Recycling could be doing more harm than good

We are more aware of the need to recycle than ever before but there is still confusion over what items can be recycled.

Two thousand people were questioned on their recycling knowledge in a survey commissioned by the British Science Association.

None of the people surveyed got full marks, with many making mistakes that could result in entire bags of recycling being rejected and sent to landfill.

Two thirds of those surveyed thought kitchen foil and foil trays could not be recycled when - on the contrary: as long as they are clean, they can be.

Just over half of people did not know that empty deodorant aerosols and hairspray cans are fit for recycling, along with the plastic cap.

Also, more than half did not realise metal can lids, empty surface cleaner bottles and empty bleach bottles could also be recycled.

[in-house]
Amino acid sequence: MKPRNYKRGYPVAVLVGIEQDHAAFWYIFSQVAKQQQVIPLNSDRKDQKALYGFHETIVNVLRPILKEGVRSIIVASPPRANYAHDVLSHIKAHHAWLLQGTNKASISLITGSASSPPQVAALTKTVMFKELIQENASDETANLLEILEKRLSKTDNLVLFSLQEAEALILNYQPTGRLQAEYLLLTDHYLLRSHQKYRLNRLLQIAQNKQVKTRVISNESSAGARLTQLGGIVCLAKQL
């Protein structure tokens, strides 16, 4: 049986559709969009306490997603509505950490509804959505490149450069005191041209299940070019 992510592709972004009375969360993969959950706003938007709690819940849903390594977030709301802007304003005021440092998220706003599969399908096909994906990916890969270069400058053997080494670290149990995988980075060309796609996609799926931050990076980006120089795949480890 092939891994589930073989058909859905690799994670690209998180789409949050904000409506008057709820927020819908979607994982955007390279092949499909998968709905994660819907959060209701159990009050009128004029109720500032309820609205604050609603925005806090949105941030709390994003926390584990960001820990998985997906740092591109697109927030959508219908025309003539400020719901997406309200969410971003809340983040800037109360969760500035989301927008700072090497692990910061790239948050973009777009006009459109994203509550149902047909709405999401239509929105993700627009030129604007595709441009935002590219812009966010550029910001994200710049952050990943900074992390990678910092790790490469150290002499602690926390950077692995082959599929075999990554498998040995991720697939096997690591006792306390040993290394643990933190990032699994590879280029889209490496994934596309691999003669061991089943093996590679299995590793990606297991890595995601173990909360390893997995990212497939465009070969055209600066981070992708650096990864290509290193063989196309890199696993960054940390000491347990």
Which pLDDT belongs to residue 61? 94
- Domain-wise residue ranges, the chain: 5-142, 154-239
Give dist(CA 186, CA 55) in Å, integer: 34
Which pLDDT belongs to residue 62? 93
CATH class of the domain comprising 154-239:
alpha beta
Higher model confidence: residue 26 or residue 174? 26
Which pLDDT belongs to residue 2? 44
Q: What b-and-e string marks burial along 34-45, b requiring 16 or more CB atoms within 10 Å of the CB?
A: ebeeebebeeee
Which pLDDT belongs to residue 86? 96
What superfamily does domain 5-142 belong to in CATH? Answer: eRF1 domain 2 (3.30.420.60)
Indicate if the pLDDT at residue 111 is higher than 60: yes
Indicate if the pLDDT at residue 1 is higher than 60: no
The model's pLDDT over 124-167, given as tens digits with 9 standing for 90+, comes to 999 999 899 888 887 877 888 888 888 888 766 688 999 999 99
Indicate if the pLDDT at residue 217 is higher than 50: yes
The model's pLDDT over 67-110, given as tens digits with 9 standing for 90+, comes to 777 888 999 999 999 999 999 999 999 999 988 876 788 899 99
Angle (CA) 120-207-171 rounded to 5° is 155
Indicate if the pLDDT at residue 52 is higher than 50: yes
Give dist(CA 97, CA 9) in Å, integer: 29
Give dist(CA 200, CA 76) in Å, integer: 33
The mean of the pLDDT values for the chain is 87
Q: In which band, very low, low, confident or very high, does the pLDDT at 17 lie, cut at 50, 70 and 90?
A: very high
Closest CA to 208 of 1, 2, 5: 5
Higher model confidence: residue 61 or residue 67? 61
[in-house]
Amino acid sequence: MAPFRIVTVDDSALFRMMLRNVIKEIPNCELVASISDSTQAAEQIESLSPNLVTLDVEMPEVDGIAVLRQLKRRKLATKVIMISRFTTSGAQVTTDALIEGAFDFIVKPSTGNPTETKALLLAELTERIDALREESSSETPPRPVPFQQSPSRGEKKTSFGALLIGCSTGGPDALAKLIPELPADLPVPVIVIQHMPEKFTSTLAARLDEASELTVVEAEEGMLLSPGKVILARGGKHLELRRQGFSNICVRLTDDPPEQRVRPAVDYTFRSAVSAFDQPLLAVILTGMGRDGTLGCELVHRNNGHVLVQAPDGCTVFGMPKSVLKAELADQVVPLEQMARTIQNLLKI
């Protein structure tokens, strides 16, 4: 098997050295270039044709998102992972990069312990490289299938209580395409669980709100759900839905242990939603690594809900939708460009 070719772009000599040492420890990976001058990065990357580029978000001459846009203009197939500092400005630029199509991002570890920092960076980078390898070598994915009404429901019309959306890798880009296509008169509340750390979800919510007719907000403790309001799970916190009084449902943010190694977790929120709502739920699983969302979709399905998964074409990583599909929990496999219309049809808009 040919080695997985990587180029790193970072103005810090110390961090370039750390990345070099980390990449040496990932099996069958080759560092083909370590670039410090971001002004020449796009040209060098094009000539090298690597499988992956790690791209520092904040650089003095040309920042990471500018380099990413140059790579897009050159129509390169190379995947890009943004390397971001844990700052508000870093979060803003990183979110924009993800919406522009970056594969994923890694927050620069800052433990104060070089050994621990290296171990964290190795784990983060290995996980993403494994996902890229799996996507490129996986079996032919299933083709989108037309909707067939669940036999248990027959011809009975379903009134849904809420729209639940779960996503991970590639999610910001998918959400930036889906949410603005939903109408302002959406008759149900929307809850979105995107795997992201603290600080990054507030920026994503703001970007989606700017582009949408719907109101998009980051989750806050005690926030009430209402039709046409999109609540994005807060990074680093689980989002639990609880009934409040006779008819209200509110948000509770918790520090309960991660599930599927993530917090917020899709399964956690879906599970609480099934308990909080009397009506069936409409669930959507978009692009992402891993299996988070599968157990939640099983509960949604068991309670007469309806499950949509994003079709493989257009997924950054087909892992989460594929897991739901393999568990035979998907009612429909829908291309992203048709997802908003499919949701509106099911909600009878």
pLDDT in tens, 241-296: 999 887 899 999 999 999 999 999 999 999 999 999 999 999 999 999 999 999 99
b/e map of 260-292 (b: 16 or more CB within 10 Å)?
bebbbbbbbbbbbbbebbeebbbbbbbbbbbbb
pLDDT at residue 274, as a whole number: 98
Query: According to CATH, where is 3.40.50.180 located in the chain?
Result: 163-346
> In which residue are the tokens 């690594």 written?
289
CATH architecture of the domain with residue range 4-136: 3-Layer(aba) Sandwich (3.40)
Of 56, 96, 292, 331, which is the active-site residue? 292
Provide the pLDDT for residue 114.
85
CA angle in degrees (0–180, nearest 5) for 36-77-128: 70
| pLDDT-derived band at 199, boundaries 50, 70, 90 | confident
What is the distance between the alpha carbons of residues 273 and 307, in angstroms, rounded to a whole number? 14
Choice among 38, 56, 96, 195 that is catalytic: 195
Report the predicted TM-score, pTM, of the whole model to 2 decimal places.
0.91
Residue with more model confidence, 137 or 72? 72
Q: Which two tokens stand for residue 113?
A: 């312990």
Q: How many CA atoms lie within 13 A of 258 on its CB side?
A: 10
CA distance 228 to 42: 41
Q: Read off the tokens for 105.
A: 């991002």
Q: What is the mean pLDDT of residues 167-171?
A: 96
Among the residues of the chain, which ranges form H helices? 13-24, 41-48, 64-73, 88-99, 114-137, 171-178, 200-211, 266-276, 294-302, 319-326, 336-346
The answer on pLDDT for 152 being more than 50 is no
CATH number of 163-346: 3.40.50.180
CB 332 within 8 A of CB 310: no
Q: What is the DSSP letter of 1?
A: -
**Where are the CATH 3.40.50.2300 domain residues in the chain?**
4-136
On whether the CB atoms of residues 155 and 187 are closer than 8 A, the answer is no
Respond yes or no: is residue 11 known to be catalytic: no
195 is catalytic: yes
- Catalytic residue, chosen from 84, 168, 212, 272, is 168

Meanwhile, almost half of those surveyed incorrectly thought used kitchen roll could go in the recycling bin and 24% made the same mistake with coffee cups, which cannot be recycled because of their plastic lining.

Other mistakes included not emptying and rinsing shampoo and conditioner bottles or food containers and not taking the plastic out of tissue boxes.

The Recycling Association said: "If in doubt, throw it out as that is better than putting the wrong items in the recycling bin."

Ivvet Modinou, head of engagement at the British Science Association, said: "Manufacturers could provide clearer information on packaging and local councils should be actively working to improve guidance for local residents.

"In addition, small, individual actions can really make a difference - such as asking your local cafe not to stock plastic straws, or checking the back of packaging for recycling information."

British households generate 22 million tonnes of waste a year, with 44% of this being recycled, according to 2016 figures from DEFRA.

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